And as far as Ms Coyne’s concerned, until discrimination against First Nations people is brought to an end, the suicides will continue. “It’s that feeling that people can put across when they’re talking to Aboriginal people,” she explained. “We’re still living in a very racist world.”
These people take their lives because they find life so hard to deal with, Ms Coyne continued. “It causes so much grief and pain. The one thing they don’t understand is they might have got rid of the pain, but once they’ve done it, they’ve ricocheted the pain and hopelessness amongst the family.”
More “prudently and practically” applied
“The suicide toll of First Nations people has been higher each year than the preceding year without fail every year of this century,” said Georgatos. And this year began with five Aboriginal girls under 15 taking their own lives over the nine day period ending on 11 January.
The suicide prevention advocate made clear that the government’s continued spending on suicide research is money misspent. He explained that over recent years, around $40 million in funding has been funnelled into research and there’s another $35 million earmarked for more.
“We’ve had 40 reports in the last 15 years. High-level reports with 700 recommendations, which can be nutshelled into about 15 unique recommendations,” Mr Georgatos outlined. “It’s rebadged and rebadged and it’s a forever seen to be doing something.”
According to Georgatos, the suicide rate can be reduced. And to bring this about what needs to happen is that money being spend on research should be put towards “services that work at the coalface”: that’s where he’s been operating and that’s where he’s seen suicides prevented.
A lack on the ground
Sharon Hume’s son took his own life last year. The 33-year-old man had dealt with ongoing trauma since he suffered a gunshot wound at the age of 19. He was experiencing long-term unemployment at the time of his death, and his family were struggling financially.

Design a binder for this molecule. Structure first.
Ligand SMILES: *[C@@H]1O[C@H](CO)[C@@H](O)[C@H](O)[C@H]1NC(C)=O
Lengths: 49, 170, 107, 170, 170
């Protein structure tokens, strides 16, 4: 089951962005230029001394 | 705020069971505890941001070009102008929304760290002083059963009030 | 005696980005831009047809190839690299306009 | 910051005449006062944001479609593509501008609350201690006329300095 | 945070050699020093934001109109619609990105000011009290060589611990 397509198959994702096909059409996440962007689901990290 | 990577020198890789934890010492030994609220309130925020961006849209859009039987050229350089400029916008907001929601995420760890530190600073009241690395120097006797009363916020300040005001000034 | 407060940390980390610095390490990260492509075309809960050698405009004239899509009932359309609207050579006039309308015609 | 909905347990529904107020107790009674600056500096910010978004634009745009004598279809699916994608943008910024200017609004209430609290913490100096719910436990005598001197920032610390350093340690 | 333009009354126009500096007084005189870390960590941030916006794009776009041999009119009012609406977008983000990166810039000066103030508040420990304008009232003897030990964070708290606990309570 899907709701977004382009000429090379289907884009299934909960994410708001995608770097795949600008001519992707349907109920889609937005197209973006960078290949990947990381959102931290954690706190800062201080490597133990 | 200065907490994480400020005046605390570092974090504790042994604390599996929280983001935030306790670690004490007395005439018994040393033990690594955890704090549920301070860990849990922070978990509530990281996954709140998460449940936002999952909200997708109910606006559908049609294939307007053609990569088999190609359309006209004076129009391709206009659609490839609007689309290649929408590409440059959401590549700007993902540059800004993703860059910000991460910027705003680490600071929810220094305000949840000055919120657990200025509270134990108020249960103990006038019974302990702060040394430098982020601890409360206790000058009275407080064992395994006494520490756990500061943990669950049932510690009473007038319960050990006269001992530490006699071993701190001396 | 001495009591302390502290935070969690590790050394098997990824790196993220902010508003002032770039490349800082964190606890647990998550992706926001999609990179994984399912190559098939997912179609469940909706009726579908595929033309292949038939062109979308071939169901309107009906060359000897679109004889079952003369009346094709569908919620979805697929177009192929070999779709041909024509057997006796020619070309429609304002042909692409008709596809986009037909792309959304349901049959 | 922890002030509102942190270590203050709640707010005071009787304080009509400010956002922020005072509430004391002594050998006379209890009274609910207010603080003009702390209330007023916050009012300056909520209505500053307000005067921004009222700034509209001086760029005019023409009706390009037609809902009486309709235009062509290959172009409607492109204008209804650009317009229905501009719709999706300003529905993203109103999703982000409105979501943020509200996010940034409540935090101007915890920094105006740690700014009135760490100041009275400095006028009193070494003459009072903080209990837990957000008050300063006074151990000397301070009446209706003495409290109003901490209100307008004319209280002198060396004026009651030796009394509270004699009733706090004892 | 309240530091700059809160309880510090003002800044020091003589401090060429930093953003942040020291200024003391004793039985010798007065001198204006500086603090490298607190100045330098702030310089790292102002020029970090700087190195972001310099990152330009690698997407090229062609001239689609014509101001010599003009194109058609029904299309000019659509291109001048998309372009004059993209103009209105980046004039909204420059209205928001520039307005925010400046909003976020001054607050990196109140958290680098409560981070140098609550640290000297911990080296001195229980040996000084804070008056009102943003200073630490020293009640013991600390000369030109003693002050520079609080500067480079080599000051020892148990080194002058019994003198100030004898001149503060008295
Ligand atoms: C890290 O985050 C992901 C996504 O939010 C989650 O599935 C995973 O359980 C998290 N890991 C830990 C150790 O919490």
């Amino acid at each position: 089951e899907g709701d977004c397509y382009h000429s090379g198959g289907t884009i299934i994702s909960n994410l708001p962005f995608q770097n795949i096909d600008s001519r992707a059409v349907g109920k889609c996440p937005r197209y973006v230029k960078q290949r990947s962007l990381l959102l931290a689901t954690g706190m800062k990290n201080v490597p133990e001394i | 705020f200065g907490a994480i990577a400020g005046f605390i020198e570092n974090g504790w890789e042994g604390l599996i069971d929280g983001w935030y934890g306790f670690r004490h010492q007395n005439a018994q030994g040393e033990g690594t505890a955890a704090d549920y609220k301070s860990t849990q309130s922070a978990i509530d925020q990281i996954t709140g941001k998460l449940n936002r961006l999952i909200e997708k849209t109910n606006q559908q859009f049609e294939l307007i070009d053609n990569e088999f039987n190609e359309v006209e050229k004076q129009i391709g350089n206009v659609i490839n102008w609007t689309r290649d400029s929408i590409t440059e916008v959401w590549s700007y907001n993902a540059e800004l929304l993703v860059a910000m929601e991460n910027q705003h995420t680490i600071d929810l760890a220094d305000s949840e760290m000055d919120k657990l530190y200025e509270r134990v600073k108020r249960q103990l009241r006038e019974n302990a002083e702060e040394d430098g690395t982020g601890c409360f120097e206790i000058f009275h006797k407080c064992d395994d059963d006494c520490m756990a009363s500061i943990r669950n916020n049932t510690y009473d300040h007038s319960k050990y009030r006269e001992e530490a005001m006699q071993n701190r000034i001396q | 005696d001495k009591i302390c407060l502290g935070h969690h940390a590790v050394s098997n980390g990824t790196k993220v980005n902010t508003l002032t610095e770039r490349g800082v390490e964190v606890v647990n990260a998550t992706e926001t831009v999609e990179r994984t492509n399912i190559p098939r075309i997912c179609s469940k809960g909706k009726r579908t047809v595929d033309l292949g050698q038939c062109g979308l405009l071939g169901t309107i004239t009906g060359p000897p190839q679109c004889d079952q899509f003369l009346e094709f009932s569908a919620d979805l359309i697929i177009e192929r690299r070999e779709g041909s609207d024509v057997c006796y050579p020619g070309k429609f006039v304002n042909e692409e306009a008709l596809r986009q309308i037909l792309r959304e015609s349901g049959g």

“It has been an option because people are not getting the help they need. People are looking for help and struggling to get it,” Ms Hume said. “There’s not enough services and people are too scared to talk about their problems.”
The Tjuparn woman added that she was lucky as Mr Georgatos stepped in to help her family following the loss of her son. His organisation supported her with counselling, food vouchers, as well as assistance in organising the funeral.
And as for the government, Ms Hume said it needs to recognise that suicide deaths are on the rise amongst First Nations communities. “It has to start putting more funding into these areas and help those people who are working in those areas to provide more services,” she concluded.
The photo features Sharon Hume on the left with Gerry Georgatos by her side. Ms Hume’s sisters, Barbara, Jillian and Rosemary, are also featured, along with independent filmmaker Alex Hayes in the background.
* Not her real name
Crisis support services are available 24 hours a day at Lifeline on 13 11 14, Kids Helpline on 1800 551 800 (up to age 25) or MensLine Australia on 1300 789 978.
Aboriginal and Torres Strait Islander specific services are available at NACCHO member services, the Suicide Call Back Service on 1300 659 467 or Headspace’s Yarn Safe.
Paul Gregoire is a Sydney-based journalist and writer. He has a focus on human rights issues, encroachments on civil liberties, drug law reform, gender diversity and First Nations rights. Prior to Sydney Criminal Lawyers®, he wrote for VICE and was the news editor at Sydney’s City Hub.